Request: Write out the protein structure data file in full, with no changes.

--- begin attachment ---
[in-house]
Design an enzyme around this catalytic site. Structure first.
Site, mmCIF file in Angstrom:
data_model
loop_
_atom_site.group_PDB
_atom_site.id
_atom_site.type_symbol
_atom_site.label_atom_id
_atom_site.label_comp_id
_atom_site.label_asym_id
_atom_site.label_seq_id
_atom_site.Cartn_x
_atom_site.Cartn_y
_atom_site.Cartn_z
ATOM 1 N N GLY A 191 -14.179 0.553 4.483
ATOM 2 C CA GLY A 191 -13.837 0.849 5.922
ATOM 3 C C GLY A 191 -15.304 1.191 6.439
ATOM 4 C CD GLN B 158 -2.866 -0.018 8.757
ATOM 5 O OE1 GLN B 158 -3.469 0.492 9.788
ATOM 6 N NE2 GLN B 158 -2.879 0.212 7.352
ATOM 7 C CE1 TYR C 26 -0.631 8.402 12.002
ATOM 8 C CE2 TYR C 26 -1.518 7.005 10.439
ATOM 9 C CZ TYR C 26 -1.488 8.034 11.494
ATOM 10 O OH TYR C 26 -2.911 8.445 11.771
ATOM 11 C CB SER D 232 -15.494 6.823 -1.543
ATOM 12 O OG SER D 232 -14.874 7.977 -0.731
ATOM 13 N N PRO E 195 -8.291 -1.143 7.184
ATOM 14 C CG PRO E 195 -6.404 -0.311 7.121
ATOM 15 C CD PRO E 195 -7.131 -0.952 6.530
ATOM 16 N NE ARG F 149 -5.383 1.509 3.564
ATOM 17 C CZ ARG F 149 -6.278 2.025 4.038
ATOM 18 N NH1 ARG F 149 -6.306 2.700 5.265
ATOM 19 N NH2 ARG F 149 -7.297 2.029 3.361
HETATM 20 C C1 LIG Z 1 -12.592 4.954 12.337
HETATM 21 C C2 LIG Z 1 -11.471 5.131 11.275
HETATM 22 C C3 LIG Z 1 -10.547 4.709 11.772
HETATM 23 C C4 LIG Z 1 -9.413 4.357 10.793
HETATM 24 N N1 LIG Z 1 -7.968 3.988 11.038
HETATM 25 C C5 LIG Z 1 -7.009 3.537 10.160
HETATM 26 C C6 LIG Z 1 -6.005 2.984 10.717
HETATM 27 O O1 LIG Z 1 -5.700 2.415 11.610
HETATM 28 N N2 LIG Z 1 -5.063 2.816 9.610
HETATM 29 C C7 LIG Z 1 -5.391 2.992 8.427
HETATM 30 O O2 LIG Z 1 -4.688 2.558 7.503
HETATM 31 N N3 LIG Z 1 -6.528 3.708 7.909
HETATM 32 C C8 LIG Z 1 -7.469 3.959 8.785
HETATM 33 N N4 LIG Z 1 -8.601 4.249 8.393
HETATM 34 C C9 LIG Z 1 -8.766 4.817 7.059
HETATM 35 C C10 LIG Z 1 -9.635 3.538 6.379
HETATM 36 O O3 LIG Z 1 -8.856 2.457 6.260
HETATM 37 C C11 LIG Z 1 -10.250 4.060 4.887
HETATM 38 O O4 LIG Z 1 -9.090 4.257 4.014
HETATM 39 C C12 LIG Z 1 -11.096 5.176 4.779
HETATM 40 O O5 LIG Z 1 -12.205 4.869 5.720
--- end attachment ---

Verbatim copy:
[in-house]
Design an enzyme around this catalytic site. Structure first.
Site, mmCIF file in Angstrom:
data_model
loop_
_atom_site.group_PDB
_atom_site.id
_atom_site.type_symbol
_atom_site.label_atom_id
_atom_site.label_comp_id
_atom_site.label_asym_id
_atom_site.label_seq_id
_atom_site.Cartn_x
_atom_site.Cartn_y
_atom_site.Cartn_z
ATOM 1 N N GLY A 191 -14.179 0.553 4.483
ATOM 2 C CA GLY A 191 -13.837 0.849 5.922
ATOM 3 C C GLY A 191 -15.304 1.191 6.439
ATOM 4 C CD GLN B 158 -2.866 -0.018 8.757
ATOM 5 O OE1 GLN B 158 -3.469 0.492 9.788
ATOM 6 N NE2 GLN B 158 -2.879 0.212 7.352
ATOM 7 C CE1 TYR C 26 -0.631 8.402 12.002
ATOM 8 C CE2 TYR C 26 -1.518 7.005 10.439
ATOM 9 C CZ TYR C 26 -1.488 8.034 11.494
ATOM 10 O OH TYR C 26 -2.911 8.445 11.771
ATOM 11 C CB SER D 232 -15.494 6.823 -1.543
ATOM 12 O OG SER D 232 -14.874 7.977 -0.731
ATOM 13 N N PRO E 195 -8.291 -1.143 7.184
ATOM 14 C CG PRO E 195 -6.404 -0.311 7.121
ATOM 15 C CD PRO E 195 -7.131 -0.952 6.530
ATOM 16 N NE ARG F 149 -5.383 1.509 3.564
ATOM 17 C CZ ARG F 149 -6.278 2.025 4.038
ATOM 18 N NH1 ARG F 149 -6.306 2.700 5.265
ATOM 19 N NH2 ARG F 149 -7.297 2.029 3.361
HETATM 20 C C1 LIG Z 1 -12.592 4.954 12.337
HETATM 21 C C2 LIG Z 1 -11.471 5.131 11.275
HETATM 22 C C3 LIG Z 1 -10.547 4.709 11.772
HETATM 23 C C4 LIG Z 1 -9.413 4.357 10.793
HETATM 24 N N1 LIG Z 1 -7.968 3.988 11.038
HETATM 25 C C5 LIG Z 1 -7.009 3.537 10.160
HETATM 26 C C6 LIG Z 1 -6.005 2.984 10.717
HETATM 27 O O1 LIG Z 1 -5.700 2.415 11.610
HETATM 28 N N2 LIG Z 1 -5.063 2.816 9.610
HETATM 29 C C7 LIG Z 1 -5.391 2.992 8.427
HETATM 30 O O2 LIG Z 1 -4.688 2.558 7.503
HETATM 31 N N3 LIG Z 1 -6.528 3.708 7.909
HETATM 32 C C8 LIG Z 1 -7.469 3.959 8.785
HETATM 33 N N4 LIG Z 1 -8.601 4.249 8.393
HETATM 34 C C9 LIG Z 1 -8.766 4.817 7.059
HETATM 35 C C10 LIG Z 1 -9.635 3.538 6.379
HETATM 36 O O3 LIG Z 1 -8.856 2.457 6.260
HETATM 37 C C11 LIG Z 1 -10.250 4.060 4.887
HETATM 38 O O4 LIG Z 1 -9.090 4.257 4.014
HETATM 39 C C12 LIG Z 1 -11.096 5.176 4.779
HETATM 40 O O5 LIG Z 1 -12.205 4.869 5.720